|LAVENDER, LAVENDER FLOWERS
Lavandula officinali/vera/angustifolias Labiatae/Lamiaceae
Botanical Description Perennial evergreen shrub, grows up to 1 metre. The plant has grey green foliage, with spikes of flowers extending above the foliage. These are normally violet-blue, but there are cultivars in all shades of blue and purple, as well as white and pink. Much of what is sold as true lavender oil is actually Lavandula x intermedia or Lavandin. Lavandula spica produces more oil but it is of inferior quality. Lavandula stoechas, know as French Lavender, is used in Portugal and Spain to treat skin problems such as ulcers, wounds and sores. Indigenous to Southern Europe, mainly grown commercially in France, but throughout the world, notably Tasmania. Propagated by cuttings or seed.
Part used Flowers, leaves may also be used but have a lesser action
Harvesting Time July to September. The freshly opened flowers are best.
History/Folklore/Taste/Energetics Lavender is like the twin to rosemary; it lowers the blood pressure whereas rosemary raises it. Lavender is used to bring the energy down when it is all stuck in the head, causing anxiety. It is ideal after a day of being stuck up in the heady place to bring the energy down and clear looping thought patterns. It helps to calm the heart and the nervous system, to cool overheated emotions. In general it cools, calms, clears. Bitter, dry, cooling, aromatic
Constituents Flavonoids; Tannins; Coumarins; Essential oil (up to 3%)-Aldehydes: 2% (including myrtenal, cuminal, citral, geranial, trans-hexanal) Esters: 40- 50% ( linalyl acetate, lavandulyl acetate, terpenyl acetate, geranyl acetate). Ketones: 4% (camphor, octanone, p-methyl-acetophenone) Oxides: 2% (1,8-cineole, linalol oxide, caryophyllene oxide). Monoterpenols: linalol, terpin-4 -ol, a -terpineol, borneol, geraniol, lavandulol Coumarins/ Lactones: herianin, coumarin, ombelliferone, santonin.
Actions Anti-bacterial: Analgesic; Antiseptic; Carminative; Circulatory stimulant; Cholagogue; Nervine; Spasmolytic; Antidepressant; Anti-rheumatic; Relaxant; Rubefacient; Sedative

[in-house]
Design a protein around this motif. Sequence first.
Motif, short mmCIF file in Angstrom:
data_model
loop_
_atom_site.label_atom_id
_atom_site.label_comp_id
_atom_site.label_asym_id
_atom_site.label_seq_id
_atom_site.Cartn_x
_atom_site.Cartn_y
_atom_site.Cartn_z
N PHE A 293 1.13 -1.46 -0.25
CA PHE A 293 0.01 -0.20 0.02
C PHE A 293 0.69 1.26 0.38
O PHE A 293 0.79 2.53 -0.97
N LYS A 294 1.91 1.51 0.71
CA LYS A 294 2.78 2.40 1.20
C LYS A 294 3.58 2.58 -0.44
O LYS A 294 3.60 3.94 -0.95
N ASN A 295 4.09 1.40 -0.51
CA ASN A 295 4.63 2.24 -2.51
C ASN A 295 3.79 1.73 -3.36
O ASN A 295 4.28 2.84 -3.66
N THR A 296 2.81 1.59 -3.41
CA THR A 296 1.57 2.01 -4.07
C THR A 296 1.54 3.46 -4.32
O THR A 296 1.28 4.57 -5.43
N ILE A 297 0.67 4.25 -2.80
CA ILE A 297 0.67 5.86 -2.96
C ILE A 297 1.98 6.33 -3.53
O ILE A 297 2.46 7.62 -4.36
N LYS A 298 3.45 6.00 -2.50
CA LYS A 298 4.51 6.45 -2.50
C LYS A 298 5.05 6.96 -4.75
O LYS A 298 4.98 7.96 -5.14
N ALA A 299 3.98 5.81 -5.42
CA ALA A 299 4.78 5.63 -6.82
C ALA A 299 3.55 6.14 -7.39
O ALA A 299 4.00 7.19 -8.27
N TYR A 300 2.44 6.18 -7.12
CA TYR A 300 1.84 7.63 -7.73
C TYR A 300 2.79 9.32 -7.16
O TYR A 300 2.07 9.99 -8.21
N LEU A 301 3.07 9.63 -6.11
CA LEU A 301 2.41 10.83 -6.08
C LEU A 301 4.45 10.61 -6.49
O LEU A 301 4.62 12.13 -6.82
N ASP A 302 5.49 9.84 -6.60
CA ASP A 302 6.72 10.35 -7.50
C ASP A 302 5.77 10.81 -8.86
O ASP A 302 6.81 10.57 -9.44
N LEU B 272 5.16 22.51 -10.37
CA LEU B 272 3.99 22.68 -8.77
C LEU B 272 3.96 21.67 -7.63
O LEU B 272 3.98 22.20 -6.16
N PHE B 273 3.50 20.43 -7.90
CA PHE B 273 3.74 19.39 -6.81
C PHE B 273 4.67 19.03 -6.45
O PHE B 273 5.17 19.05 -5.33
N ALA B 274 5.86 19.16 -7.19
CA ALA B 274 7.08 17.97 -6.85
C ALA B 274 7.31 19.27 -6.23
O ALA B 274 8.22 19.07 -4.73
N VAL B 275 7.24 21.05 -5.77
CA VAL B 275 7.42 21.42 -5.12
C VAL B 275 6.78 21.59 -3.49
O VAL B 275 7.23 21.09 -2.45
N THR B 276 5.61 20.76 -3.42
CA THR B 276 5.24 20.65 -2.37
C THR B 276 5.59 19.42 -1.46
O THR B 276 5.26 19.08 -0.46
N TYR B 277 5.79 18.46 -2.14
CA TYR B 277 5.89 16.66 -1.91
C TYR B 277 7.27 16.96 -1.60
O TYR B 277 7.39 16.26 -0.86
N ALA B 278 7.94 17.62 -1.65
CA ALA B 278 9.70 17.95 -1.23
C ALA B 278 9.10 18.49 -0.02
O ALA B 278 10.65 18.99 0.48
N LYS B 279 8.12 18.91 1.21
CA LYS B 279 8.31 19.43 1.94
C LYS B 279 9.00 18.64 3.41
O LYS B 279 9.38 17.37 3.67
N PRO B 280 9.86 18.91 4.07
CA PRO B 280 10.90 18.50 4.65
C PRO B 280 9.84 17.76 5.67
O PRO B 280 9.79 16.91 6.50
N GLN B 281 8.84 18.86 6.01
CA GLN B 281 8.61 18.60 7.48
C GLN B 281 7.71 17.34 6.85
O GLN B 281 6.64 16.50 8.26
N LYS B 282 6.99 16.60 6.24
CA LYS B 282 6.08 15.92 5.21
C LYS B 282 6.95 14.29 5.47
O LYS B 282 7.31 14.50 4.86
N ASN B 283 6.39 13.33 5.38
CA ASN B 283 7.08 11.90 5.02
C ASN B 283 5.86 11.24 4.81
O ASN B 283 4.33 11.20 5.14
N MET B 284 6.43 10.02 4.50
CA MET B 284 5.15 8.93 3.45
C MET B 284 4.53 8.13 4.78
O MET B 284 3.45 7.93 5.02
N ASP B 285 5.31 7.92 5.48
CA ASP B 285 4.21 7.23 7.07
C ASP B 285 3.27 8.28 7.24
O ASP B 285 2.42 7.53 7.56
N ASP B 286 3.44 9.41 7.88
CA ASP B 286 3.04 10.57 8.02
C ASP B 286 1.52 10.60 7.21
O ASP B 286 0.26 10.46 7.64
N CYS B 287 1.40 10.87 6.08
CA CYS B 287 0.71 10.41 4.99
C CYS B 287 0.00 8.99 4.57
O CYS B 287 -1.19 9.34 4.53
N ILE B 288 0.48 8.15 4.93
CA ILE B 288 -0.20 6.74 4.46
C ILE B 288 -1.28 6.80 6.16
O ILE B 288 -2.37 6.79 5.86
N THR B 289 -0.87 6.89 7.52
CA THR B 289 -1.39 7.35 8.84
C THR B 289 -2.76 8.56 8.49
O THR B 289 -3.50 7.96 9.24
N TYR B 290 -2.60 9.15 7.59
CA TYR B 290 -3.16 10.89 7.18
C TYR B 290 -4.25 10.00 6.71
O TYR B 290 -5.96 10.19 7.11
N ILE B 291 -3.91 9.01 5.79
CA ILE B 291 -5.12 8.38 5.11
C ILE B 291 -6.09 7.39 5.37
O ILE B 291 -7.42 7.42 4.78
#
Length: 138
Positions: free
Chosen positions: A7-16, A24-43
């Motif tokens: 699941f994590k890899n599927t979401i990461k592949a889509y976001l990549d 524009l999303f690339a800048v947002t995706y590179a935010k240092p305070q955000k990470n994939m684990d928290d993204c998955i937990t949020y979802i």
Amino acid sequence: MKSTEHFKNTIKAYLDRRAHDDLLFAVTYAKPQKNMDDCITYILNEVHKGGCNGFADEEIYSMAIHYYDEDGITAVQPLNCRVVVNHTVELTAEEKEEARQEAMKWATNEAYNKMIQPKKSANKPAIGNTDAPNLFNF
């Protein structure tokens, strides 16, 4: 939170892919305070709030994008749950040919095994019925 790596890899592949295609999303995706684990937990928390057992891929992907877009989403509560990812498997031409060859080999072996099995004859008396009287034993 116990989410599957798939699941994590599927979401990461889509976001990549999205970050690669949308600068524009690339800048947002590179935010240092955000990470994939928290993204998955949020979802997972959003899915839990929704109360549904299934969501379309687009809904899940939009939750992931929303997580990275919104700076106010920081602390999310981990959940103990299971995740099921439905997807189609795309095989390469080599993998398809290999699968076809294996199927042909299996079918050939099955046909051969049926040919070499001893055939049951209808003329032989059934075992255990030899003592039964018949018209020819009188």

Traditional and current uses
Flatulent dyspepsia, colic
Depressive headache and migraines
Irritability and over excitement in children of any age
Sleeplessness, irritability, depression
Depressive states associated with digestive dysfunction
Asthma, especially where there is a lot of stress and tension
Coughs and colds
Should not be used in large doses in pregnancy
To treat worms
Helps to bring the energy down into the body from the head
100g butter or vegetable spread
175 g self raising flour
2-3 teaspoons lavender flowers, according to taste
Cream the butter and sugar together. Mix in flour and lavender then knead into a smooth dough. Roll out the dough and cut into biscuits with a cutter. Place on an oiled baking sheet and bake at 230oC for 10-12 minutes.
Alternatively use 1.5 teaspoons lavender flowers and 2 teaspoons or rosemary leaves, finely chopped, or used 3 teaspoons rosemary leaves without the lavender.
Night time tea (also known as put on your pyjamas before drinking this)
2 parts by volume each of s lavender flowers, chamomile flowers, Tilia blossom, Melissa flowering tops, 1 part rose buds.
Mix together and use 1-2 teaspoons per mug. Pour on boiling water and leave to infuse for 5-10 minutes before drinking.